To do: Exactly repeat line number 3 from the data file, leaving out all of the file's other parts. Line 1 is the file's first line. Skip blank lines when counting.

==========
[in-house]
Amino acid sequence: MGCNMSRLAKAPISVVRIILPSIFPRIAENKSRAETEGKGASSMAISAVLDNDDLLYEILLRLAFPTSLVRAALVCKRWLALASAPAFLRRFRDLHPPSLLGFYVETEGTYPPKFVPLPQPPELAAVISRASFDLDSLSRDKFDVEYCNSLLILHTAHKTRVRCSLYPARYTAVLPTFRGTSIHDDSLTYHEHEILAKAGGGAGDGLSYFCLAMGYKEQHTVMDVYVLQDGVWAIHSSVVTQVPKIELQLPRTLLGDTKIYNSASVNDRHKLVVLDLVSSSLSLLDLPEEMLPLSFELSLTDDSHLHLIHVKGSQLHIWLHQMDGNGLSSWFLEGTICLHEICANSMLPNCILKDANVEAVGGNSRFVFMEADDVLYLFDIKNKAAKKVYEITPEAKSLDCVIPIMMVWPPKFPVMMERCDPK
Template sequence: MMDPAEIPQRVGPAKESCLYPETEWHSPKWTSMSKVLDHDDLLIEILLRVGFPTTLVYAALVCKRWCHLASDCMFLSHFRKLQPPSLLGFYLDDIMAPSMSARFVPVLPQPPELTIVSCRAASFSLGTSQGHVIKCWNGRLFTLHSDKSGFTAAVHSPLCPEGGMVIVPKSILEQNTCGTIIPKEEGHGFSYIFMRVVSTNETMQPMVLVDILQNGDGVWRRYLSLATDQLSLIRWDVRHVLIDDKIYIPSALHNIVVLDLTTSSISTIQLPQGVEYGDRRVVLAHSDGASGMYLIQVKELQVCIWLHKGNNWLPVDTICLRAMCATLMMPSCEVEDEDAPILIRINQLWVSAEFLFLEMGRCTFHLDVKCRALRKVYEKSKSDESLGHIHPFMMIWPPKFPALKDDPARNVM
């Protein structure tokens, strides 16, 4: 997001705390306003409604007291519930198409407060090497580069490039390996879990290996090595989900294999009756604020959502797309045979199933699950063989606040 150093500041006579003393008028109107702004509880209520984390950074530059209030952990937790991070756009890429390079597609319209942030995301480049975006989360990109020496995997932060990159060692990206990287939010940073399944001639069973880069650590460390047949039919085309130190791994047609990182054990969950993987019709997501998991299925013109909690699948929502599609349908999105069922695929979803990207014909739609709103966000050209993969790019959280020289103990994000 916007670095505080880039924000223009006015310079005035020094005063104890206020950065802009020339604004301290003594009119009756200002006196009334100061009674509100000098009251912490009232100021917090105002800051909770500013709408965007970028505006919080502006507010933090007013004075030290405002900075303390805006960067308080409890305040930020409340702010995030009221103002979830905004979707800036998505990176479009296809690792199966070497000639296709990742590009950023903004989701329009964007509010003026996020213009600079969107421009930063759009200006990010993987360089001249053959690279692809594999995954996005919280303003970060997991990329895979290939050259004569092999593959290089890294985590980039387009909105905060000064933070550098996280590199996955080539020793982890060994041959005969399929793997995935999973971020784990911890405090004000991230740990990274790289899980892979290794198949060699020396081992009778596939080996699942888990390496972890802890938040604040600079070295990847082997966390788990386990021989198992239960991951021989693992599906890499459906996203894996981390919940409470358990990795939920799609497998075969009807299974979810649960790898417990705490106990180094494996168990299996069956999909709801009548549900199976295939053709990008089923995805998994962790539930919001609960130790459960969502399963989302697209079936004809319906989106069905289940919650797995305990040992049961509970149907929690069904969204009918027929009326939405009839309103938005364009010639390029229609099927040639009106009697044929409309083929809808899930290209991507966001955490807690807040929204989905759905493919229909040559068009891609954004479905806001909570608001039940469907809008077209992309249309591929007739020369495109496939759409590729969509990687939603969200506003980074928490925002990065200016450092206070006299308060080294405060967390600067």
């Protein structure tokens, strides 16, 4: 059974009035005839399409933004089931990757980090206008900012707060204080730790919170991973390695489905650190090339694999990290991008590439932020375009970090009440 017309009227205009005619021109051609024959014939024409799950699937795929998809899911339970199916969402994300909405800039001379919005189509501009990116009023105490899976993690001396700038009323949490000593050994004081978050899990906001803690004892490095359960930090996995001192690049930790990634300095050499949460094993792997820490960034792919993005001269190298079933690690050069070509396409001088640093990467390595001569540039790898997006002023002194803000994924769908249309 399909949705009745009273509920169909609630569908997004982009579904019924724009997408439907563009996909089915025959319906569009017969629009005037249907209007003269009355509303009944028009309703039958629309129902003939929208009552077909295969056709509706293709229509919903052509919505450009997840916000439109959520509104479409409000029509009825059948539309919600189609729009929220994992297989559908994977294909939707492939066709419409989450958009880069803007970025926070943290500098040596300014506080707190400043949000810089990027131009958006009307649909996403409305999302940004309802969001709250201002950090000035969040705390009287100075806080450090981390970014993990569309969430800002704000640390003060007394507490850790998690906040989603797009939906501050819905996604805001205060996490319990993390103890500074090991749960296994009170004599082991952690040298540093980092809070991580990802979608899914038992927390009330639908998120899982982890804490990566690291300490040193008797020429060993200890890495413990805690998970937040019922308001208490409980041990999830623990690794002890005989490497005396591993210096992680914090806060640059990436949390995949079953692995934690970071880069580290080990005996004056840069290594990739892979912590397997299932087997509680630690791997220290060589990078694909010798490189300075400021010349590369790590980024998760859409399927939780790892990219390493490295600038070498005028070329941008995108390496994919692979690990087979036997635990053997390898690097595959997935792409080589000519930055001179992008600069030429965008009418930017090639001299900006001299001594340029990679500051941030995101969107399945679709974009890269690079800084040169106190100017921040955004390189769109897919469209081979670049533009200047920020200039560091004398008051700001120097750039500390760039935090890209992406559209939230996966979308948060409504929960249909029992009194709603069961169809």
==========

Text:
Template sequence: MMDPAEIPQRVGPAKESCLYPETEWHSPKWTSMSKVLDHDDLLIEILLRVGFPTTLVYAALVCKRWCHLASDCMFLSHFRKLQPPSLLGFYLDDIMAPSMSARFVPVLPQPPELTIVSCRAASFSLGTSQGHVIKCWNGRLFTLHSDKSGFTAAVHSPLCPEGGMVIVPKSILEQNTCGTIIPKEEGHGFSYIFMRVVSTNETMQPMVLVDILQNGDGVWRRYLSLATDQLSLIRWDVRHVLIDDKIYIPSALHNIVVLDLTTSSISTIQLPQGVEYGDRRVVLAHSDGASGMYLIQVKELQVCIWLHKGNNWLPVDTICLRAMCATLMMPSCEVEDEDAPILIRINQLWVSAEFLFLEMGRCTFHLDVKCRALRKVYEKSKSDESLGHIHPFMMIWPPKFPALKDDPARNVM